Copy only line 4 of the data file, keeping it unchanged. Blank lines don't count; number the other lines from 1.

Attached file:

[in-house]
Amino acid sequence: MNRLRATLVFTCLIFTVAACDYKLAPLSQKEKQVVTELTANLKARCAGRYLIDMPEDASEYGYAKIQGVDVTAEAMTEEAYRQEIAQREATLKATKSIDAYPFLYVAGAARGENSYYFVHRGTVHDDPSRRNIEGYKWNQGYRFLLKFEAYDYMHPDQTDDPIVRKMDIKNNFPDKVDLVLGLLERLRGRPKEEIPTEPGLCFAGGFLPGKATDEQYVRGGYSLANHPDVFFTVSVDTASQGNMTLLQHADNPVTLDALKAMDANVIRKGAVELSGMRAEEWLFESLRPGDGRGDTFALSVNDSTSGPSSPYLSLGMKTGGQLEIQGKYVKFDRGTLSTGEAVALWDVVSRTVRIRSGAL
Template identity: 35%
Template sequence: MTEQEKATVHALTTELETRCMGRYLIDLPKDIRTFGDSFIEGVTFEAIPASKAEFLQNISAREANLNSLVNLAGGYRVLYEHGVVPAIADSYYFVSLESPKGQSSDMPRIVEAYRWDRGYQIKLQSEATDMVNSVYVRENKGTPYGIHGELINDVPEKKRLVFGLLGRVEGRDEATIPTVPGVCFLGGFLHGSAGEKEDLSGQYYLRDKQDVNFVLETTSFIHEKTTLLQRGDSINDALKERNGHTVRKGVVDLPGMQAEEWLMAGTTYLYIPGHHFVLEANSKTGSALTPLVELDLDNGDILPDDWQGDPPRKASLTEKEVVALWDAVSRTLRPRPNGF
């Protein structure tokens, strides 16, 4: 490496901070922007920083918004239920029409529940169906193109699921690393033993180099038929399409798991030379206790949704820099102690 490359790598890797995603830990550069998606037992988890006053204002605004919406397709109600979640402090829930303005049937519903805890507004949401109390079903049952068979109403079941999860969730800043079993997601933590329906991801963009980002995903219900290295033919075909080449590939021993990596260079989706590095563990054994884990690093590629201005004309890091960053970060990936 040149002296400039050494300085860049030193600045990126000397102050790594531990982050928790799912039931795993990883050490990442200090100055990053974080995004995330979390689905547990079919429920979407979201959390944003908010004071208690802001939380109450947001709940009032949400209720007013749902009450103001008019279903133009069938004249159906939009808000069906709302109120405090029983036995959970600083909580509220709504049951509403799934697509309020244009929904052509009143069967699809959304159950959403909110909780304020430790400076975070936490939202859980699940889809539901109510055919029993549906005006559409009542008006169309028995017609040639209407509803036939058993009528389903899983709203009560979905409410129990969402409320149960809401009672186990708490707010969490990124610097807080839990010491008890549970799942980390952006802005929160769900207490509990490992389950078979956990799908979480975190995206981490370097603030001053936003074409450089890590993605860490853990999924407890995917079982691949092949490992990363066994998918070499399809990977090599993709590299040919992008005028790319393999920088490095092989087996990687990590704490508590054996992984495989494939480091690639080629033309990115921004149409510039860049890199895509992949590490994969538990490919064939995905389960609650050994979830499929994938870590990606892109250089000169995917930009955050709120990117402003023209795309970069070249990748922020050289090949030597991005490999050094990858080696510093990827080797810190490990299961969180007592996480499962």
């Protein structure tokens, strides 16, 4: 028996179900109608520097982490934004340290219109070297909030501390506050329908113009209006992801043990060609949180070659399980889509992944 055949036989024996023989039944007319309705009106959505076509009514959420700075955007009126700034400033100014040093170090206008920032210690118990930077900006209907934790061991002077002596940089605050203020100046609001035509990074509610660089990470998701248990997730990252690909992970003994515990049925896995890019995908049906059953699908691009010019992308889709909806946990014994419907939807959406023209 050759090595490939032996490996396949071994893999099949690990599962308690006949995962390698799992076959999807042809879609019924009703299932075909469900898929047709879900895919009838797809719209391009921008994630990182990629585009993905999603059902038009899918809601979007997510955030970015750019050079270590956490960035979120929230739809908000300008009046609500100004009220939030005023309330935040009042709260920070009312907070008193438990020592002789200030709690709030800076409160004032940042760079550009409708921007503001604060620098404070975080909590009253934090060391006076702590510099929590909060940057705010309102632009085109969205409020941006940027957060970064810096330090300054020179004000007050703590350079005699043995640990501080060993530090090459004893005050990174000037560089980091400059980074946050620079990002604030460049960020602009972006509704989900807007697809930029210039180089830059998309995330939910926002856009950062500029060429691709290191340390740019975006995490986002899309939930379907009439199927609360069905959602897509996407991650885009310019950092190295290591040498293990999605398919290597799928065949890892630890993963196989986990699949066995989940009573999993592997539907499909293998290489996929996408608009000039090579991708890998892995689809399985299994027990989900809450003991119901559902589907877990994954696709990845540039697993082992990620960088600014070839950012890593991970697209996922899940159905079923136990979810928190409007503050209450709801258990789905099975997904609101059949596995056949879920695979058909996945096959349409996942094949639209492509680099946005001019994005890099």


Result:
Template sequence: MTEQEKATVHALTTELETRCMGRYLIDLPKDIRTFGDSFIEGVTFEAIPASKAEFLQNISAREANLNSLVNLAGGYRVLYEHGVVPAIADSYYFVSLESPKGQSSDMPRIVEAYRWDRGYQIKLQSEATDMVNSVYVRENKGTPYGIHGELINDVPEKKRLVFGLLGRVEGRDEATIPTVPGVCFLGGFLHGSAGEKEDLSGQYYLRDKQDVNFVLETTSFIHEKTTLLQRGDSINDALKERNGHTVRKGVVDLPGMQAEEWLMAGTTYLYIPGHHFVLEANSKTGSALTPLVELDLDNGDILPDDWQGDPPRKASLTEKEVVALWDAVSRTLRPRPNGF